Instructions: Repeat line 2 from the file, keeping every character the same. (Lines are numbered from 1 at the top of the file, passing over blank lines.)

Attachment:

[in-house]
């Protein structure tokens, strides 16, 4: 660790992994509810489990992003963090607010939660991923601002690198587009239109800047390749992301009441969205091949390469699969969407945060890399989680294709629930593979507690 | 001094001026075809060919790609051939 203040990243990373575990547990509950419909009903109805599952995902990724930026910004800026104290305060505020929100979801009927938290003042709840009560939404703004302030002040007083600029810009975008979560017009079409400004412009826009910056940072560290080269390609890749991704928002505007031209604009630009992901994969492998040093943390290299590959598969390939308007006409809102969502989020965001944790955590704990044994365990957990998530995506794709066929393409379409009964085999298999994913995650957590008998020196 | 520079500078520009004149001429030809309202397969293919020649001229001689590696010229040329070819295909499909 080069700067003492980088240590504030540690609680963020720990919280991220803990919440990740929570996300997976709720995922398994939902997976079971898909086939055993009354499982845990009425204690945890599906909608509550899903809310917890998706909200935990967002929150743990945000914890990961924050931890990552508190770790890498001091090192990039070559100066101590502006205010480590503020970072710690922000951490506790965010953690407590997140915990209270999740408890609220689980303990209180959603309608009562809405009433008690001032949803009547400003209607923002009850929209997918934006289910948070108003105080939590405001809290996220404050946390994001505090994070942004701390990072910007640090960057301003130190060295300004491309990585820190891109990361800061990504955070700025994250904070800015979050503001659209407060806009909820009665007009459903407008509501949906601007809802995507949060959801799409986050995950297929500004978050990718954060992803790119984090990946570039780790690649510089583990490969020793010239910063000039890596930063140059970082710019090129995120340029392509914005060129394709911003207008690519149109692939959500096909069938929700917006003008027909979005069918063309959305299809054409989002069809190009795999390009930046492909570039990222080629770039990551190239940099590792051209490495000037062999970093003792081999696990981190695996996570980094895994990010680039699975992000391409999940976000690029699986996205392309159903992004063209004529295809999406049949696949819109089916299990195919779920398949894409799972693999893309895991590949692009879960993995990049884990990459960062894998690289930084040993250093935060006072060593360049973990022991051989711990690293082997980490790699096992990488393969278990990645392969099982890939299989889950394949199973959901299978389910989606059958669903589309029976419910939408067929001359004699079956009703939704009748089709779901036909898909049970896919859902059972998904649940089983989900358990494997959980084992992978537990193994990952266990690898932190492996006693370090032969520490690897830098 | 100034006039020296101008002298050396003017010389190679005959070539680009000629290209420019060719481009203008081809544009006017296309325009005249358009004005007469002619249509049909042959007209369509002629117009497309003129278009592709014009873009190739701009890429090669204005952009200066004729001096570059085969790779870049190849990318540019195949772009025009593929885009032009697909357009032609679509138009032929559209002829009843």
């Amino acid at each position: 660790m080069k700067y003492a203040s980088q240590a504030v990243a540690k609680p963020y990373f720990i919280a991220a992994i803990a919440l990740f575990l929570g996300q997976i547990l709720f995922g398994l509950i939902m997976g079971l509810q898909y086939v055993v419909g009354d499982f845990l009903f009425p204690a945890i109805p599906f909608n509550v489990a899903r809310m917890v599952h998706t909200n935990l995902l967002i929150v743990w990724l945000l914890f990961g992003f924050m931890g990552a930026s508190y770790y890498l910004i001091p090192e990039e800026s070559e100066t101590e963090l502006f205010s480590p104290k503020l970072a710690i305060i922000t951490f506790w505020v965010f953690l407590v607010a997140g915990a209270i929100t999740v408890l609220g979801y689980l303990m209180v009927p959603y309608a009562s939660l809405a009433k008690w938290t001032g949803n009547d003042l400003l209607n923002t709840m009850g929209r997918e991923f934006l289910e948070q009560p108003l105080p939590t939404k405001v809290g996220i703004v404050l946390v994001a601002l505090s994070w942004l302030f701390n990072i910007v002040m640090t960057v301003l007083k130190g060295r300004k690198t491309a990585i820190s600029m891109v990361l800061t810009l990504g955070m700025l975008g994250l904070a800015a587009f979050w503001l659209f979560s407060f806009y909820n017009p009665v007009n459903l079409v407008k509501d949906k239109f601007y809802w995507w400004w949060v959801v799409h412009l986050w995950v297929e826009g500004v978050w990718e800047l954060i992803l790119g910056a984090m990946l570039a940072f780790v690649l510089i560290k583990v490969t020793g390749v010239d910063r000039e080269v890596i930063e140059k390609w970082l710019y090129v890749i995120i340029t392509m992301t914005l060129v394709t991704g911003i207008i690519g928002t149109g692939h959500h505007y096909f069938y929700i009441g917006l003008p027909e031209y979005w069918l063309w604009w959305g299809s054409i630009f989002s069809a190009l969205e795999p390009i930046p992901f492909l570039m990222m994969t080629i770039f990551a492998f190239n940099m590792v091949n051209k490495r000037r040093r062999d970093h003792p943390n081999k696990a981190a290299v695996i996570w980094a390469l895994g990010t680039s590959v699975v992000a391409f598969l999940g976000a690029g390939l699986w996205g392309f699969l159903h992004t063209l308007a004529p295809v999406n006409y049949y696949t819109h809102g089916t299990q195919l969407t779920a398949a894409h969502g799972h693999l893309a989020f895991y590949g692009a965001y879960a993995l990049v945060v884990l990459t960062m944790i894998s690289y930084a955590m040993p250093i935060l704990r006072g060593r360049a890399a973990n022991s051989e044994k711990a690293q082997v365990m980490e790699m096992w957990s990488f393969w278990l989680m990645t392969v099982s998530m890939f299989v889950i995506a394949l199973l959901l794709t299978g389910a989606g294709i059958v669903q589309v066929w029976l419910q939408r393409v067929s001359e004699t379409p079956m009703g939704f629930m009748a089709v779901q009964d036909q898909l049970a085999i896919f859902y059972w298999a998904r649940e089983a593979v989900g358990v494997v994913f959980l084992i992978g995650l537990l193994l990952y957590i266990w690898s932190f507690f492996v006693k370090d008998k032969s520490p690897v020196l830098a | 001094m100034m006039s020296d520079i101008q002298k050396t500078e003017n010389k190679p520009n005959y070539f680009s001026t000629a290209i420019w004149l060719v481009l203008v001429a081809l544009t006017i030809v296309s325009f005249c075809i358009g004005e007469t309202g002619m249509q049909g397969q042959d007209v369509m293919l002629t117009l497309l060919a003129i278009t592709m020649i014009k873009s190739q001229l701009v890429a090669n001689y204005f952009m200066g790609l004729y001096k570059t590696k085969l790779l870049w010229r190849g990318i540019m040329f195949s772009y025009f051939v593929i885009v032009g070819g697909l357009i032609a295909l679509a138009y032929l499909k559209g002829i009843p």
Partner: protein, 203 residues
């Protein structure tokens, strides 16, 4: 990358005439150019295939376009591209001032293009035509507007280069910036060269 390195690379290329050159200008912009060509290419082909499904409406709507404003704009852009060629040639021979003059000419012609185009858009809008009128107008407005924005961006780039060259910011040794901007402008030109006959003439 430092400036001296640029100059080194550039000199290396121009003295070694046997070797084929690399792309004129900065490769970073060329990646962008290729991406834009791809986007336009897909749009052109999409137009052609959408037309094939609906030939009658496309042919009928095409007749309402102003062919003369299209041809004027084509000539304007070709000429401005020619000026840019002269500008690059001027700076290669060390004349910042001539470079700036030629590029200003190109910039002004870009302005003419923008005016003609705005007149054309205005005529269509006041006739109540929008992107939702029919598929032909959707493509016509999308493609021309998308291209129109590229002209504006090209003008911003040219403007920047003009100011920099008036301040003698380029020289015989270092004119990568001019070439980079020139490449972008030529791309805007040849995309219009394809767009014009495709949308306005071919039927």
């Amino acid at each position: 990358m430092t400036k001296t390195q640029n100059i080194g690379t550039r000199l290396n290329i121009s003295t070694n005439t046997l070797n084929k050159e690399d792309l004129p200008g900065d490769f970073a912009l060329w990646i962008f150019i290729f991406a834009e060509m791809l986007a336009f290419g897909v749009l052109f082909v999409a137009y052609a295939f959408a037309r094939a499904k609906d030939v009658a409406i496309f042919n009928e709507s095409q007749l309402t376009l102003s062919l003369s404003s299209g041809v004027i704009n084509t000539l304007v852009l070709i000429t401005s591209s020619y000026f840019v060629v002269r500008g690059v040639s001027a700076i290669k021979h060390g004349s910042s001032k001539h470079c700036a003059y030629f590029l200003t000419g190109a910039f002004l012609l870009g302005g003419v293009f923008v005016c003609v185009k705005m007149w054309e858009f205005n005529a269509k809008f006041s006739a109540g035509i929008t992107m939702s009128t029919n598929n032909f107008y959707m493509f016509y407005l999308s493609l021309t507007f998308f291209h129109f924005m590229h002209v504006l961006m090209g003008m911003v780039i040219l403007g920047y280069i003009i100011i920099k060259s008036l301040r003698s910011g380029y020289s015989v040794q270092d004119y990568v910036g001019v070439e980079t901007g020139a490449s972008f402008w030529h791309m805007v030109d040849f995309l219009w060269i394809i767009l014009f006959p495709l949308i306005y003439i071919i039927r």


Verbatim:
């Protein structure tokens, strides 16, 4: 660790992994509810489990992003963090607010939660991923601002690198587009239109800047390749992301009441969205091949390469699969969407945060890399989680294709629930593979507690 | 001094001026075809060919790609051939 203040990243990373575990547990509950419909009903109805599952995902990724930026910004800026104290305060505020929100979801009927938290003042709840009560939404703004302030002040007083600029810009975008979560017009079409400004412009826009910056940072560290080269390609890749991704928002505007031209604009630009992901994969492998040093943390290299590959598969390939308007006409809102969502989020965001944790955590704990044994365990957990998530995506794709066929393409379409009964085999298999994913995650957590008998020196 | 520079500078520009004149001429030809309202397969293919020649001229001689590696010229040329070819295909499909 080069700067003492980088240590504030540690609680963020720990919280991220803990919440990740929570996300997976709720995922398994939902997976079971898909086939055993009354499982845990009425204690945890599906909608509550899903809310917890998706909200935990967002929150743990945000914890990961924050931890990552508190770790890498001091090192990039070559100066101590502006205010480590503020970072710690922000951490506790965010953690407590997140915990209270999740408890609220689980303990209180959603309608009562809405009433008690001032949803009547400003209607923002009850929209997918934006289910948070108003105080939590405001809290996220404050946390994001505090994070942004701390990072910007640090960057301003130190060295300004491309990585820190891109990361800061990504955070700025994250904070800015979050503001659209407060806009909820009665007009459903407008509501949906601007809802995507949060959801799409986050995950297929500004978050990718954060992803790119984090990946570039780790690649510089583990490969020793010239910063000039890596930063140059970082710019090129995120340029392509914005060129394709911003207008690519149109692939959500096909069938929700917006003008027909979005069918063309959305299809054409989002069809190009795999390009930046492909570039990222080629770039990551190239940099590792051209490495000037062999970093003792081999696990981190695996996570980094895994990010680039699975992000391409999940976000690029699986996205392309159903992004063209004529295809999406049949696949819109089916299990195919779920398949894409799972693999893309895991590949692009879960993995990049884990990459960062894998690289930084040993250093935060006072060593360049973990022991051989711990690293082997980490790699096992990488393969278990990645392969099982890939299989889950394949199973959901299978389910989606059958669903589309029976419910939408067929001359004699079956009703939704009748089709779901036909898909049970896919859902059972998904649940089983989900358990494997959980084992992978537990193994990952266990690898932190492996006693370090032969520490690897830098 | 100034006039020296101008002298050396003017010389190679005959070539680009000629290209420019060719481009203008081809544009006017296309325009005249358009004005007469002619249509049909042959007209369509002629117009497309003129278009592709014009873009190739701009890429090669204005952009200066004729001096570059085969790779870049190849990318540019195949772009025009593929885009032009697909357009032609679509138009032929559209002829009843």